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Target Antigens Induced by Plasmodium Falciparum Sporozoite Immunization Under Chemoprophylaxis (BMGF1)

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ClinicalTrials.gov Identifier: NCT02080026
Recruitment Status : Completed
First Posted : March 6, 2014
Last Update Posted : August 10, 2015
Sponsor:
Collaborator:
Bill and Melinda Gates Foundation
Information provided by (Responsible Party):
Radboud University

Brief Summary:
Malaria, a disease caused by the parasite Plasmodium, is one of the world's major infectious diseases. With approximately 627.000 deaths a year, there is desperate need for an effective vaccine. Though a number of vaccine-candidates have been developed, they have yet to achieve the level of efficacy necessary to eliminate malaria. It has been shown previously that healthy human volunteers bitten by malaria-infected mosquitoes while taking chloroquine, medicine that prevents malaria, are fully protected against a subsequent malaria challenge. This is called CPS-immunization. The unprecedented effectiveness of CPS-immunization makes it a good model to identify what immune responses protect against malaria, to further guide vaccine development. In this study we will use CPS-immunization to induce protection against malaria in healthy subjects and then analyse their immune response to a malaria challenge infection.

Condition or disease Intervention/treatment Phase
Malaria Biological: CPS-immunization Biological: Controlled Human Malaria Infection Drug: chloroquine Drug: atovaquone/proguanil Not Applicable

Detailed Description:

Rationale:

Malaria, a disease caused by the parasite Plasmodium, is one of the world's major infectious diseases. With approximately 627.000 deaths a year, it is both a chief cause of morbidity and mortality as well as a significant contribution to ongoing poverty in endemic countries. Ultimately, the key to malaria control and hopefully eradication, would be an effective vaccine. Though a number of vaccine-candidates have entered the pipeline of pre-clinical and clinical development, they have yet to achieve the level of efficacy necessary for effective malaria prevention. It has been shown previously that healthy human volunteers can be fully protected against malaria infection with a homologous parasite by immunization with Plasmodium parasites while taking chloroquine chemoprophylaxis (ChemoProphylaxis and Sporozoites, CPS-immunization). The unprecedented efficacy of CPS-immunization makes it a unique model to identify pre-erythrocytic target antigens for the development of a subunit vaccine. Identification of antigens that play a significant role in the development of sterile protection against malaria will provide a basis for the development and evaluation of more effective sub-unit candidate vaccines.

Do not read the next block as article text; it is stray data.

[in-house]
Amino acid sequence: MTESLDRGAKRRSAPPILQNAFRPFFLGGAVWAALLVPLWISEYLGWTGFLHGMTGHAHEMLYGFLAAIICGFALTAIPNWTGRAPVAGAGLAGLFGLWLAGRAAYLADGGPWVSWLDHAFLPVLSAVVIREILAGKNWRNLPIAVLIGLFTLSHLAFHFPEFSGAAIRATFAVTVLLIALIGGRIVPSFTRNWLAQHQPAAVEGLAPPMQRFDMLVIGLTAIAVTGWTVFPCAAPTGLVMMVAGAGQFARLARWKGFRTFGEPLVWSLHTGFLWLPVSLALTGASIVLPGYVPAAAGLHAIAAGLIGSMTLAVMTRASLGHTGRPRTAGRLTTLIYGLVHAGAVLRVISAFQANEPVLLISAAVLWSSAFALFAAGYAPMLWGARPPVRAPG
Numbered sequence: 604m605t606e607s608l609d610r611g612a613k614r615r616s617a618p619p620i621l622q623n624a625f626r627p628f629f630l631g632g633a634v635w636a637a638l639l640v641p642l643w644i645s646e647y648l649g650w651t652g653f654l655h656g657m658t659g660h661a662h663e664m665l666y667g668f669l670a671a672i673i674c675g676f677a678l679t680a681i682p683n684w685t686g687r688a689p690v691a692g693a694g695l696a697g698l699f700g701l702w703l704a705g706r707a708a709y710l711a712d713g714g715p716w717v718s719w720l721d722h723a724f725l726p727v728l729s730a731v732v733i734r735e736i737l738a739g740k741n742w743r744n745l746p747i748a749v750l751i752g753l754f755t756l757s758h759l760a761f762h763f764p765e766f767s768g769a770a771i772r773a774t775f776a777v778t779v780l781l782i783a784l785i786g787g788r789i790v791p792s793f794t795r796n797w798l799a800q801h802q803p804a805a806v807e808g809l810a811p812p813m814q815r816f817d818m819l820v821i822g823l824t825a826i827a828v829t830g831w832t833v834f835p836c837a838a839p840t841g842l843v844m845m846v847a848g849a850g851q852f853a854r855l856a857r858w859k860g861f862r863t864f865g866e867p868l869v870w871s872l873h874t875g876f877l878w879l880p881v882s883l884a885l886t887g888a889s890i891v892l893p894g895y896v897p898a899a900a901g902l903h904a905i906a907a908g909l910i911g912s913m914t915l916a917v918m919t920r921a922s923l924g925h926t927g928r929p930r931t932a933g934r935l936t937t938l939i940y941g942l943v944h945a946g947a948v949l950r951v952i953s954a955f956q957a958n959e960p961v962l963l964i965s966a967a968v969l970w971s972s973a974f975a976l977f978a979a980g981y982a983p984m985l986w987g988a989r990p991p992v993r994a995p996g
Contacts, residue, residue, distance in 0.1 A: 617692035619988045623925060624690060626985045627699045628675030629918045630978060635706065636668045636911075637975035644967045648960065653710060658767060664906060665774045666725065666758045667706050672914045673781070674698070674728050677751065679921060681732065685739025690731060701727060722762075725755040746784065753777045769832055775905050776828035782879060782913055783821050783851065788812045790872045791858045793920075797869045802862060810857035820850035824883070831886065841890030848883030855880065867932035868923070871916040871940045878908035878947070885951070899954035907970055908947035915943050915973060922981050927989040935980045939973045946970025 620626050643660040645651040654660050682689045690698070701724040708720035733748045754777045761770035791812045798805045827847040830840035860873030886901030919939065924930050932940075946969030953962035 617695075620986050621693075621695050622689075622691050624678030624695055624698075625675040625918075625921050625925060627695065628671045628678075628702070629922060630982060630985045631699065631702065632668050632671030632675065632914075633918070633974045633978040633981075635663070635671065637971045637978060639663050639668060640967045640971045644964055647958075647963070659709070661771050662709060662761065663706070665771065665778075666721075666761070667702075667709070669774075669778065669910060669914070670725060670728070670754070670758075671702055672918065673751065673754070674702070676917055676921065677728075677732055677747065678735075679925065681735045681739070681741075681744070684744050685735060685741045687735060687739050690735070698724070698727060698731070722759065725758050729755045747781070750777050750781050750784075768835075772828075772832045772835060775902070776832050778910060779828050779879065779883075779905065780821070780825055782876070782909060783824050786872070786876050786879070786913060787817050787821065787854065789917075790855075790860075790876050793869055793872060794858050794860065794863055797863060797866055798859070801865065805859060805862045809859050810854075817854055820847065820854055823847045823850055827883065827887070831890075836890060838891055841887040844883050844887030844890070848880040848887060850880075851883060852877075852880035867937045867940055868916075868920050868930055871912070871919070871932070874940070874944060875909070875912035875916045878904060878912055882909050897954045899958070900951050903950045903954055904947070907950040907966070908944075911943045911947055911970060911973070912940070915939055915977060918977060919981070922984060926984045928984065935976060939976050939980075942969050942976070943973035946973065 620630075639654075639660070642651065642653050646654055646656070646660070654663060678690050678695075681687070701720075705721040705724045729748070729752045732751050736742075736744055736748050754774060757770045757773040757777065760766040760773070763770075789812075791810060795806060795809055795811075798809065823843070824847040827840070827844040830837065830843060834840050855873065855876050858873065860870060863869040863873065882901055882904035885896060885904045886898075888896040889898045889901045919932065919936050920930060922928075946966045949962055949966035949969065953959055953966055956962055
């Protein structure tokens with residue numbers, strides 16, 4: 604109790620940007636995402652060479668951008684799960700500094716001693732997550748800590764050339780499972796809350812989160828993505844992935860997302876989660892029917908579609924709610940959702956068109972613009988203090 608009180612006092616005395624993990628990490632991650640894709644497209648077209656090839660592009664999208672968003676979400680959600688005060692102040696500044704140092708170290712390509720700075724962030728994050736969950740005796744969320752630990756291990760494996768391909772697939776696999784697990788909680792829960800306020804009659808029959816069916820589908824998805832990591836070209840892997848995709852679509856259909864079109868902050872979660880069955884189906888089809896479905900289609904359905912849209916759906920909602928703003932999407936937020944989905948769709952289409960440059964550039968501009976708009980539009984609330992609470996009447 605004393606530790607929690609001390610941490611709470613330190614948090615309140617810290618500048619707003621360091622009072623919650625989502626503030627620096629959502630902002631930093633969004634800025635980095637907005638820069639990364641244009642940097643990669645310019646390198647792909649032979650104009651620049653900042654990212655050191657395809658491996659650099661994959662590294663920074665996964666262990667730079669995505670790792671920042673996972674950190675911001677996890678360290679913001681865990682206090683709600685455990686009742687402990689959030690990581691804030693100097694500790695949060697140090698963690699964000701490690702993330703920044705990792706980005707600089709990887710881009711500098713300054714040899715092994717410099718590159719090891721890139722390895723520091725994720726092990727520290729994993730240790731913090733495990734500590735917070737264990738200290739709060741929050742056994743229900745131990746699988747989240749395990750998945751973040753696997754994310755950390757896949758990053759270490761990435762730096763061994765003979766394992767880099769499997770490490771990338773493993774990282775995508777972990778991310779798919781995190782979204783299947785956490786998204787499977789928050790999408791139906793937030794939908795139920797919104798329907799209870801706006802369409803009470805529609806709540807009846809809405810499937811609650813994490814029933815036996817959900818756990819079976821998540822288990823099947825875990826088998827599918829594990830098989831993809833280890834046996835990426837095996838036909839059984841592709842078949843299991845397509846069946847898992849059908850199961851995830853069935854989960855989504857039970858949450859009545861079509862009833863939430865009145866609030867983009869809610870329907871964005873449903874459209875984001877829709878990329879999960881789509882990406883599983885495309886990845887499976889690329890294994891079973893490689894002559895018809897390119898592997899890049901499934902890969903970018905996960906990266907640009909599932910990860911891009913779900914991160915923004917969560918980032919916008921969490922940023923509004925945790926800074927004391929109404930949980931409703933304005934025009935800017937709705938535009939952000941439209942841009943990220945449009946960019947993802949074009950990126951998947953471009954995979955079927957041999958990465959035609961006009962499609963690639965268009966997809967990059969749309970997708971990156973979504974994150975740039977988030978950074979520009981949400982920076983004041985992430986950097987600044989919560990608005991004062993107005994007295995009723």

Primary objective:

• To delineate the antibody repertoire directed against the pre-erythrocytic stages of Plasmodium falciparum induced by CPS-immunization.

Secondary objectives:

  • To assess the functionality of CPS-immunization induced antibodies.
  • To determine T-cell antigen specificities in CPS-immunized, protected volunteers.

Exploratory objectives:

  • To assess the functionality of CPS-immunization induced T-cells.
  • To explore the adaptive and innate immune responses during CPS-immunization and early malaria infection.

Study design:

This is a single-centre, randomized open-label study. A total of 15 volunteers will be divided into two groups, one scheduled to receive CPS immunization (Group 1, n=10) and one to receive only chloroquine prior to malaria challenge (Group 2, n=5).

Study population:

The study population will be comprised of male and female healthy subjects. A total of 15 subjects will be enrolled to participate in the study and randomized.

Intervention: